5 or more complete paragraphs. First paragraph is an opening, last paragraph is a closing. Essay is on topic. Essay uses excellent ideas from activities. No punctuation or spelling errors. Essay is neat and handed in on time. 3 Essay is not 5 paragraphs. Few punctuation or spelling errors. Most of the essay relates to topic. Some ideas are from the activities. 2 Essay is less then 3 paragraphs. There is not an opening or a closing. Essay relates somewhat to topic. Few ideas are from topic. Few punctuation or spelling errors. Essay is sloppy or not on time. 1 1 paragraph essay. There is no opening or closings. Essay is not on topic and no ideas from activities are used. Punctuation and spelling errors. Essay is not neat and is late.

15 Conclusion Congratulations! You have completed the Underground Railroad Web Quest. You have worked very hard and I am sure it shows. As a result of this hard work, you can now have an educated discussion about the Underground Railroad. You know what it is, who traveled on it, the key terms and symbols for the railroad, and how the journey was made. I hope you had as much fun completing this Quest as I had making it!! Now go tell everyone what you have learned so you never forget!! If you would like to learn more about the Underground Railroad feel free to investigate some of the books on the next slide.

16 Additional Resources Online Sites Books to Read
Information on Harriet Tubman: Information sites on Underground Railroad, Slavery and Frederick Douglas: Books to Read Aunt Harriet's Underground Railroad in the Sky By: Faith Ringgold Meet Addy: An American Girl (American Girls Collection Series: Addy #1) By: Connie Rose Porter, Melodye Rosales Henry’s Freedom Box By: Levine Dear Austin, Letters from the Underground Railroad By: Elvira Woodruff

17 Teacher Resource Page The Underground Railroad WebQuest uses three Literacy Strategies. It uses a KWL Chart to obtain prior knowledge (don’t forget to revisit this at the end to discuss what has been learned), the Gipe Technique for vocabulary and the Learning Logs for daily reflections on the information. This quest is a combination of two Taskonomies, the retelling and compilation. Students are basically gathering information and retelling how the Underground Railroad worked. They are doing activities which help them experience what some participants in the Underground Railroad did. They also have to compile information to create a presentation at the end of the quest. In addition to this, students will write an essay which should incorporate everything they learned in the quest. This WebQuest should take about six to eight class periods.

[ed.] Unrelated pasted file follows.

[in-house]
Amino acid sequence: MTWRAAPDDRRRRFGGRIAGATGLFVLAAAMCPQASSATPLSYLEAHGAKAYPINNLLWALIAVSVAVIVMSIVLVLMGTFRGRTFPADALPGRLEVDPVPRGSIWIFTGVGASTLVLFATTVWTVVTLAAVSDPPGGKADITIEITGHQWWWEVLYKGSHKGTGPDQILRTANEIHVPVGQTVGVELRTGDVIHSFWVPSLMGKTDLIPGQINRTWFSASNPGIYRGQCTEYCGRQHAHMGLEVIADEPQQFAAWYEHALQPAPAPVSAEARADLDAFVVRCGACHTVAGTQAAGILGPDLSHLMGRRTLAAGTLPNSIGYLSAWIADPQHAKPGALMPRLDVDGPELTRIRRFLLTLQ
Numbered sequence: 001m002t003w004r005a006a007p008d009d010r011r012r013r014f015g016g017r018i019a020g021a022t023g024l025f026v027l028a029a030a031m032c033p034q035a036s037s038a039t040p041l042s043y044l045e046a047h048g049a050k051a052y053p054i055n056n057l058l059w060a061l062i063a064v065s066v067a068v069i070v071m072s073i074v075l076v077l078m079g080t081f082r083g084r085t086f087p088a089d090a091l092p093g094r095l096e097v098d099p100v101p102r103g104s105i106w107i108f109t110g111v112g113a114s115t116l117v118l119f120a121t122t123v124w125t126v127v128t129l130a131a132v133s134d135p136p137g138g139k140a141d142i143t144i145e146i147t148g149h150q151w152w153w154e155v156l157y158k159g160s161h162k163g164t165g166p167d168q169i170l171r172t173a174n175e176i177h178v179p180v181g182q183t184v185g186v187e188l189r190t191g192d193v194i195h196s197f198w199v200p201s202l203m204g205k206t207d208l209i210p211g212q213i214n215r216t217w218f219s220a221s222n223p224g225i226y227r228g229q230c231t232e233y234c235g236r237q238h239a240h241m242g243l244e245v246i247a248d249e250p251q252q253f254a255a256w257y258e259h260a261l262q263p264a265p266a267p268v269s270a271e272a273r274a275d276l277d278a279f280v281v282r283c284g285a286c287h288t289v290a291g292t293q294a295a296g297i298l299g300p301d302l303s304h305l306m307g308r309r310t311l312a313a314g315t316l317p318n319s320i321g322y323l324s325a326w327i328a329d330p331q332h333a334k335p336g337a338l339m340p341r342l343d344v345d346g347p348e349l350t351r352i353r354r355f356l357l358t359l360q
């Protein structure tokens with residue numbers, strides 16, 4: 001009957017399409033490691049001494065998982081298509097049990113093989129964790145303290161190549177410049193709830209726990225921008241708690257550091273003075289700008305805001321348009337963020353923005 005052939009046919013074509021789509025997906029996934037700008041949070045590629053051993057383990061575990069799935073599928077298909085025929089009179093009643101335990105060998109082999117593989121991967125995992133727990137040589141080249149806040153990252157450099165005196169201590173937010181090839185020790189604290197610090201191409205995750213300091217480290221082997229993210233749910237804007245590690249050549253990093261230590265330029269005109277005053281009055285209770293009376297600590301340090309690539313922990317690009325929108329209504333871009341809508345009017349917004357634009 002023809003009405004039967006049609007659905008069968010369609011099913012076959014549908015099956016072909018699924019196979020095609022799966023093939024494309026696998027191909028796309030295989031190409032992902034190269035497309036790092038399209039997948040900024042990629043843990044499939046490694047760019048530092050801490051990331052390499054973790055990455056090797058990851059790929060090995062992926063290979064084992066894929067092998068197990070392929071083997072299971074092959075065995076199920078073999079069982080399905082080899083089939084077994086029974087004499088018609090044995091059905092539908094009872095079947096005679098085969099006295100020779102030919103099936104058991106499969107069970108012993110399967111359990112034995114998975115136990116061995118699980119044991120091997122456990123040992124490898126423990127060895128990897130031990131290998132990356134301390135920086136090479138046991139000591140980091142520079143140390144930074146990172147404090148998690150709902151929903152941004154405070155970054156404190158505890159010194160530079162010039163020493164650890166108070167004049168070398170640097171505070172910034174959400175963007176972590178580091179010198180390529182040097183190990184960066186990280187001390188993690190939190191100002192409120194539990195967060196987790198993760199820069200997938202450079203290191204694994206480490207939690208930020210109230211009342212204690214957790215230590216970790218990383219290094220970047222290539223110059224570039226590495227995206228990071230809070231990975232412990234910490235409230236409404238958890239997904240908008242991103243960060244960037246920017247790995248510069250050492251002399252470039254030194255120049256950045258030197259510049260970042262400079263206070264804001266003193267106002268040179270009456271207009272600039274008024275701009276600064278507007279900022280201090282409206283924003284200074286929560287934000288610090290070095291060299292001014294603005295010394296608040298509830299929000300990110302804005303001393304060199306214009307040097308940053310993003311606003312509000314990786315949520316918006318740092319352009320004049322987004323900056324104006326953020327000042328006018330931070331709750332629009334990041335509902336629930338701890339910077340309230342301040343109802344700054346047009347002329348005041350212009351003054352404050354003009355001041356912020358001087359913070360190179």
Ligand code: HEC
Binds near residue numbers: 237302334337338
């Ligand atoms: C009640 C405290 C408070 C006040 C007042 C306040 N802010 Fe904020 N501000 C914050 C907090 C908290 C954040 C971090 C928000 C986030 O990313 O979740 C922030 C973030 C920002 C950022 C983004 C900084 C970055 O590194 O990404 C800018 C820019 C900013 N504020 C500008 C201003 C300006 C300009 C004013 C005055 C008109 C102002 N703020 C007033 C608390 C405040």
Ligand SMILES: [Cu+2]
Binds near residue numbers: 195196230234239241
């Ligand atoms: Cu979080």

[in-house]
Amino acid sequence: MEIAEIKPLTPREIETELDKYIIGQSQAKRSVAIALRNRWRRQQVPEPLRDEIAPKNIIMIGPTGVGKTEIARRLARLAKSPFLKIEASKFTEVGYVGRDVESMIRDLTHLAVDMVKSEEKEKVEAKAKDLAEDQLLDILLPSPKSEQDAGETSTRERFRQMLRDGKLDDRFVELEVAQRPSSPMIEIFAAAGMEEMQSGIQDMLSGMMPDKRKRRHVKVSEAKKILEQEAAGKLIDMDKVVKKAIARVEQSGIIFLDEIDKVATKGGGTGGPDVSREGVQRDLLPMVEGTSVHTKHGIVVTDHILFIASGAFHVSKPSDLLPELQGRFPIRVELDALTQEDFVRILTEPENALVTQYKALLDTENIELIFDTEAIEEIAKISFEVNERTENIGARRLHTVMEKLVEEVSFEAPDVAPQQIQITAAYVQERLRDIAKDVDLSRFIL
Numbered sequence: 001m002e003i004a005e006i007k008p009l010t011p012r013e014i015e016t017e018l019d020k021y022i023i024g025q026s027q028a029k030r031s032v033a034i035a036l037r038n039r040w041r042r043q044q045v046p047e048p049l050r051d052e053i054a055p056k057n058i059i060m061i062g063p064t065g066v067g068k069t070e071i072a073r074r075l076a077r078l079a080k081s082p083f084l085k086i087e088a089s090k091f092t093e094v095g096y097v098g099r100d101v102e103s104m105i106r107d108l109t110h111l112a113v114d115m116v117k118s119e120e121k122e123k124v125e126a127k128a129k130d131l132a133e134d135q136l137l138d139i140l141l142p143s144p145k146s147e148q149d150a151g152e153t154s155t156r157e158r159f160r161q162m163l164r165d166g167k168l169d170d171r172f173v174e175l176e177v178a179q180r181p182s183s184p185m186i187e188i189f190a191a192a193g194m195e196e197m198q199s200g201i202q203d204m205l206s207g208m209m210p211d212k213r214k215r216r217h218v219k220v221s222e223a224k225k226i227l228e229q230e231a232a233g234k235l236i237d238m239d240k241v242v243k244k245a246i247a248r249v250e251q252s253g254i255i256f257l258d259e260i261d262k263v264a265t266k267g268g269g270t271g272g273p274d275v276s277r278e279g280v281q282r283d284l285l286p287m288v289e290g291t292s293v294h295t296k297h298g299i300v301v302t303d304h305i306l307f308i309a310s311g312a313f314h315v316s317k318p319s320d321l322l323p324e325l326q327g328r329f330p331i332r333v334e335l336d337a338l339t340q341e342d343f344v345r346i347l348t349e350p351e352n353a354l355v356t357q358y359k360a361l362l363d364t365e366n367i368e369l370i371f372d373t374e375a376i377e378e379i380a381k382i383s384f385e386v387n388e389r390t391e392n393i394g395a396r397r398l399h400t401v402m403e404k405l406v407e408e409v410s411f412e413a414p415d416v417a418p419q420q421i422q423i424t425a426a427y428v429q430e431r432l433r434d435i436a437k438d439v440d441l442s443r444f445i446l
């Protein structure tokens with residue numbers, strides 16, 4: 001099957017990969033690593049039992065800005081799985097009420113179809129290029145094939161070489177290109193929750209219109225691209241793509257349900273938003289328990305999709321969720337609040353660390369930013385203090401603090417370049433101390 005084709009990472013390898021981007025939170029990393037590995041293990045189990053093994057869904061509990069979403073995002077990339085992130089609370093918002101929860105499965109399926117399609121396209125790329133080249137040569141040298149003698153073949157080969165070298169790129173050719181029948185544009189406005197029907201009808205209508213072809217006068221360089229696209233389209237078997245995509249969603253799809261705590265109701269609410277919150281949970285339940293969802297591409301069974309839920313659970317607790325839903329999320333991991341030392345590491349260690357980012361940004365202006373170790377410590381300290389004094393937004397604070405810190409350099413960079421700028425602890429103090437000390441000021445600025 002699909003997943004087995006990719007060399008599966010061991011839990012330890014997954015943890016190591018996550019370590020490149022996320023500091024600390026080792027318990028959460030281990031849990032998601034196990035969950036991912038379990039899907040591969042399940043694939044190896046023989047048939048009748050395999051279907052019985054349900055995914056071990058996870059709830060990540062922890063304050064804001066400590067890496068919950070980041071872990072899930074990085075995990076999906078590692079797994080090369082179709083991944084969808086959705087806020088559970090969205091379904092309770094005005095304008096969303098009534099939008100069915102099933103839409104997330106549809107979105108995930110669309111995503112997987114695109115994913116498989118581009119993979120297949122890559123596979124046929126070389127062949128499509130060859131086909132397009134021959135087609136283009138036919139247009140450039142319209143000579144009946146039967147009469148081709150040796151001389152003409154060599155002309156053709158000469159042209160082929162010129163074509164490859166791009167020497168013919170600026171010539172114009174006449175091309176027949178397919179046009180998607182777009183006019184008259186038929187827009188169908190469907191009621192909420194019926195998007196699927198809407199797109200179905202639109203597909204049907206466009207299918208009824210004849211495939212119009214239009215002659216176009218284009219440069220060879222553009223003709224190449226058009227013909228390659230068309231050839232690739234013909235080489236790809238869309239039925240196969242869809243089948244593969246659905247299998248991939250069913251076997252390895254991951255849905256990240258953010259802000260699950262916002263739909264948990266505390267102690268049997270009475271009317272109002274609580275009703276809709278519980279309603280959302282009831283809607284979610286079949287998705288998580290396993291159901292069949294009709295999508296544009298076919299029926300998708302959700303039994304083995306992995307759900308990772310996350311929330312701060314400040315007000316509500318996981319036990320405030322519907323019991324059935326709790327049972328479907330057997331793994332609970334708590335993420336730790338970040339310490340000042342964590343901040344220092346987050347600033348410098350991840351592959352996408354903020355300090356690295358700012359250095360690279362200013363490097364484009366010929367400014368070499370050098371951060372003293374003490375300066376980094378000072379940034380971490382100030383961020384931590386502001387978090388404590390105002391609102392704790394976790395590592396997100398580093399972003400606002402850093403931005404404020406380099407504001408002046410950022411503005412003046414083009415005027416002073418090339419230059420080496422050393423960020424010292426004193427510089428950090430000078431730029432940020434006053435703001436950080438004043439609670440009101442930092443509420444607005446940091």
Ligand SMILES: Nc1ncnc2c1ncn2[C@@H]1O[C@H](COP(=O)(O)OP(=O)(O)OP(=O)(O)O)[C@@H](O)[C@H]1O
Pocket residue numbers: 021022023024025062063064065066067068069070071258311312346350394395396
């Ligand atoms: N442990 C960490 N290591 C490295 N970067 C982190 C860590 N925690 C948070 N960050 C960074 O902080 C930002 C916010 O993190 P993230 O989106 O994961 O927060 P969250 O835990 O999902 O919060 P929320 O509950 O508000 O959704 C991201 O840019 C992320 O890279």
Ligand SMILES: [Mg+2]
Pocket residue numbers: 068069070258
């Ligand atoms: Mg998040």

18 Teacher Resource Page Cont.
Additional text resources are: Aunt Harriet's Underground Railroad in the Sky By: Faith Ringgold. This is a story about a little girl who retraces the steps of the Underground Railroad with Harriet Tubman as her guide. Meet Addy: An American Girl (American Girls Collection Series: Addy #1) By: Connie Rose Porter, Melodye Rosales. This is story about the experiences of a little girl and her mother as they run away from slavery to freedom in Philadelphia. Henry’s Freedom Box By: Levine. This story is about a slave named Henry who mails himself to freedom in a crate. Dear Austin, Letters from the Underground Railroad By: Elvira Woodruff. This story is about a little boy who writes letters to his brother describing his experiences in Philadelphia and with the Underground Railroad.

19 PA Academic Standards/Anchors
Pennsylvania Academic Standards/Anchors PA Academic Standards/Anchors Geography 7.1.3.B Identify and locate places and regions. Human features 7.3.3.B Identify the human characteristics of places and regions by their cultural characteristics. Components of culture Ethnicity of people in the local community 7.3.3.C Identify the human characteristics of places and regions by their settlement characteristics. Factors that affect where people settle History 8.1.3.B Develop an understanding of historical sources. Data in historical maps Visual data from maps and tables Author or historical source 8.1.3.C Understand fundamentals of historical interpretation. The existence of multiple points of view Causes and results 8.1.3.D Understand historical research. Event (time and place) Facts, folklore and fiction Secondary sources Conclusions (e.g., storytelling, role playing, diorama) 8.3.3.D Identify conflict and cooperation among social groups and organizations in United States history. Ethnic and Racial Relations (e.g., treatment of minority groups in history)

20 PA Standards/Anchors (Cont.)